Joseph Conrad Mendoza, the Indian man credited for writing a song, We Can Achieve, that sounds exactly like Count On Me Singapore, has gone on record to say he was inspired by the You Are My Sunshine country song to write his piece.
Mendoza, 58, a social worker and teacher in India, was speaking to CNA over video when he made this fresh claim.
This issue, regarding the likely plagiarism of a song that many Singaporeans love and want to protect as their own since 1986, has become a dispute over copyright infringement between Singapore and one person in India.
Mendoza had said previously that he was not even aware of Count On Me Singapore until a few days ago, when he was accused of plagiarism of a Singapore patriotic song.
What Mendoza told CNA
In a snippet of a March 18 video interview that CNA conducted with Mendoza, the Indian man explained that he derived his We Can Achieve tune by improvising on another well-known song, You Are My Sunshine, which was written in 1939.
Mendoza said in the interview: "Funny, I was teaching the song, You Are My Sunshine."
He proceeded to sing the tune on video: "You are my sunshine..."
He then continued: "And our whole thing was a vision for children to build confidence. And then the idea for the first part of the song came in from there."
This explanation was followed by him singing the You Are My Sunshine tune, before improvising and transitioning into the tune of the first verse of Count On Me Singapore.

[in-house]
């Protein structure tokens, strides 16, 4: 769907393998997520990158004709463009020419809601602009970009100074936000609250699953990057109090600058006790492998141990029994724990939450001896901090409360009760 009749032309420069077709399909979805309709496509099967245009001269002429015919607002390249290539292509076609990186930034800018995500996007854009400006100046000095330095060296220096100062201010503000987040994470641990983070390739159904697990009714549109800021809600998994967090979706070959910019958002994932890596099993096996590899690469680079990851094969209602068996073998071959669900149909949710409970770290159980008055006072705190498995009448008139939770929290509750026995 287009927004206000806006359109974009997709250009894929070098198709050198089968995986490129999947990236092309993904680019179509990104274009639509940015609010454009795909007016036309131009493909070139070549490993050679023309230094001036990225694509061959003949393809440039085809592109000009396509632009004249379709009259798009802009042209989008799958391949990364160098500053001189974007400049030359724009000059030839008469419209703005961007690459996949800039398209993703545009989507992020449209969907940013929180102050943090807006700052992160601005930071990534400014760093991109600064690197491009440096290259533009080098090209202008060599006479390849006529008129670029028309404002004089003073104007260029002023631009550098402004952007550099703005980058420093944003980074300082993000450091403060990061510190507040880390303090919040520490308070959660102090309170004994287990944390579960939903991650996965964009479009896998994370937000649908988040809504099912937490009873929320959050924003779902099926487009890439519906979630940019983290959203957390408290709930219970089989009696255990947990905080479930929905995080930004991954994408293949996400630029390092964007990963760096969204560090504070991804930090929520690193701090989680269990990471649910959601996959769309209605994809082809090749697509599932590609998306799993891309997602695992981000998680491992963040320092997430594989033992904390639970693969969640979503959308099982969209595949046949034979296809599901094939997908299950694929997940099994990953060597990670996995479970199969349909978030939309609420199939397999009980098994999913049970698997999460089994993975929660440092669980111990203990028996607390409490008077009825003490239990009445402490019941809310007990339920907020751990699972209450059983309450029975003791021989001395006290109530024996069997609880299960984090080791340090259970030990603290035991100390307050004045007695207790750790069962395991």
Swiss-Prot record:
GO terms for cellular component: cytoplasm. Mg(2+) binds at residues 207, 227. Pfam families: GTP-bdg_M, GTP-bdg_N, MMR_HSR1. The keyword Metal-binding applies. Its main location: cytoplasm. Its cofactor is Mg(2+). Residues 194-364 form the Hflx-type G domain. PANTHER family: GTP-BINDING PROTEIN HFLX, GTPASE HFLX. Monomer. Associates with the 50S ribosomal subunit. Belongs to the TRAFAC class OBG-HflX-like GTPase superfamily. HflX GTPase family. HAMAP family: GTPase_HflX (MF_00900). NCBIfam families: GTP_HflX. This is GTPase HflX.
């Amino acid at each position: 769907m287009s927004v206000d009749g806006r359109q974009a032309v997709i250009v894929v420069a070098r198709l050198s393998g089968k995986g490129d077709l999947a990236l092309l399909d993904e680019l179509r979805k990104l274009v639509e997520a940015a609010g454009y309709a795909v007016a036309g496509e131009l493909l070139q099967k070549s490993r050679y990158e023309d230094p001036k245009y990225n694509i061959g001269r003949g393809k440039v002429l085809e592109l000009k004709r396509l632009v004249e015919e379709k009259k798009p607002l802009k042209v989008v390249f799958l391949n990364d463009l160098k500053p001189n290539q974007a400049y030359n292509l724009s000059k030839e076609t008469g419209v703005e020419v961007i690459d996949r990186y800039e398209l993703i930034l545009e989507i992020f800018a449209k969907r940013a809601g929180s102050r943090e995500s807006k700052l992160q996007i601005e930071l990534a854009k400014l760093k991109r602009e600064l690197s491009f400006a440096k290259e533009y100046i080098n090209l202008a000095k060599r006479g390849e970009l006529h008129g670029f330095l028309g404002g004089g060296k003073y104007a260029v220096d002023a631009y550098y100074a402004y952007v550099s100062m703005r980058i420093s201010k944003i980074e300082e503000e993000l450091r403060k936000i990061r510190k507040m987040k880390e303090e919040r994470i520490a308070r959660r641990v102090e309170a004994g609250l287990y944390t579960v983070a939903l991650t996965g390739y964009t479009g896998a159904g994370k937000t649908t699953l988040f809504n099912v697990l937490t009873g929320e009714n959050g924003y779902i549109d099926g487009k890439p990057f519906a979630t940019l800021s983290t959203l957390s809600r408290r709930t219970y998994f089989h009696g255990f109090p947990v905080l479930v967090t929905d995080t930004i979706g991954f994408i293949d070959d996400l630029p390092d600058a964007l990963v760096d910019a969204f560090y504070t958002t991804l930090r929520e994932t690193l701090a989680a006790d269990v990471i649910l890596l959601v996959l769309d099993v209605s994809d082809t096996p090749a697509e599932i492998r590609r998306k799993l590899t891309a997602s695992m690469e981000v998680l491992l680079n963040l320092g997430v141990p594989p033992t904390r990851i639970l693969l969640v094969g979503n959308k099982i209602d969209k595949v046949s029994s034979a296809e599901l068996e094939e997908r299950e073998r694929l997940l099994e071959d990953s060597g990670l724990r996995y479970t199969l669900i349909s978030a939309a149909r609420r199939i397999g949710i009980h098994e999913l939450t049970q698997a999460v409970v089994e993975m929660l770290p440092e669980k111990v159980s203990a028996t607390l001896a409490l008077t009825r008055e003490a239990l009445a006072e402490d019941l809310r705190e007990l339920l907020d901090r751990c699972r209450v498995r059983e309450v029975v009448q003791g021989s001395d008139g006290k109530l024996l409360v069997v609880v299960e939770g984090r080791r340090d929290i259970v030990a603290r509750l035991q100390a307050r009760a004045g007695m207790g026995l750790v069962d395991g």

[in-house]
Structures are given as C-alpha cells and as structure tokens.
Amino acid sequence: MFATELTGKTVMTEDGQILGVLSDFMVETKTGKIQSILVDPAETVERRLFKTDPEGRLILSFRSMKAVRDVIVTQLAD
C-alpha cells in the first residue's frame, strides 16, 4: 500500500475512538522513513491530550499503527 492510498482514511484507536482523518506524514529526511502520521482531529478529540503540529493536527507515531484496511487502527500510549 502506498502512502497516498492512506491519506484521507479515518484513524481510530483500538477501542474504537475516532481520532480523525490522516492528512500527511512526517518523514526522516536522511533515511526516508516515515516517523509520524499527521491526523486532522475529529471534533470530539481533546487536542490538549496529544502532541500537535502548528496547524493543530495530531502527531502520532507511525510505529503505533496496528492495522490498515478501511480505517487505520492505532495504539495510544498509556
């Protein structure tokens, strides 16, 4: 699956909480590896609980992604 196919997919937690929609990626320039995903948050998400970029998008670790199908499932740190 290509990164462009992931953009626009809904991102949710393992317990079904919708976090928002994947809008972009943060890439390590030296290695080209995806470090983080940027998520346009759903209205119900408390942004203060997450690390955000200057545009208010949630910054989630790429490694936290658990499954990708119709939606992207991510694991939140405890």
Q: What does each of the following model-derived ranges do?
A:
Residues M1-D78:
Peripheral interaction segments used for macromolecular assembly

"And I was singing because I was a trumpet player, and I was singing, we put in some words together," he said.
Hugh Harrison responds
CNA also managed to interview Hugh Harrison, the Canadian who has long been awarded songwriting credits for Count On Me Singapore.
Harrison, who appeared baffled and miffed at the same time in the video, said during the interview: "It's insulting to me that out of all the compositions in my life, that this one I will choose, somehow, magically, find out about it in 1986 before the internet in one day when I flew from Hong Kong to Singapore."
"Like I would have magically heard his tune and written it down quickly note for note. Imagine how I could have possibly done that."
Mendoza cannot explain similarities, says these are "very common things"
The interview with Mendoza also showed him failing to explain on video why he thinks Count On Me Singapore and We Can Achieve sound so similar.
His view, he said, is that he cannot explain, but coincidences do happen.
Mendoza said: "It's very close, it's nearly the same. I really just have no words to say. But these are very common things we use in English."
Willing to take down songs
However, Mendoza has offered to remove his song from public platforms, as he said he would be willing to do so if it appeases everyone.
A copyright lawyer that CNA interviewed said there is a strong case of copyright infringement, unless both parties can prove that they created the work independently.
The lawyer noted that Harrison can pull out notes and metadata of his composition, such as the date of the recording or the composition notes, and use it as evidence of his input in the work's creation.
Mendoza, on the other hand, can make his case by getting to court the orphans he claimed he taught to sing the song, and for them to say that they were taught the song as it is back in 1983.
If Mendoza continues to stick to his claim that he is the original composer of the tune, it means he was 20 years when he had written the song.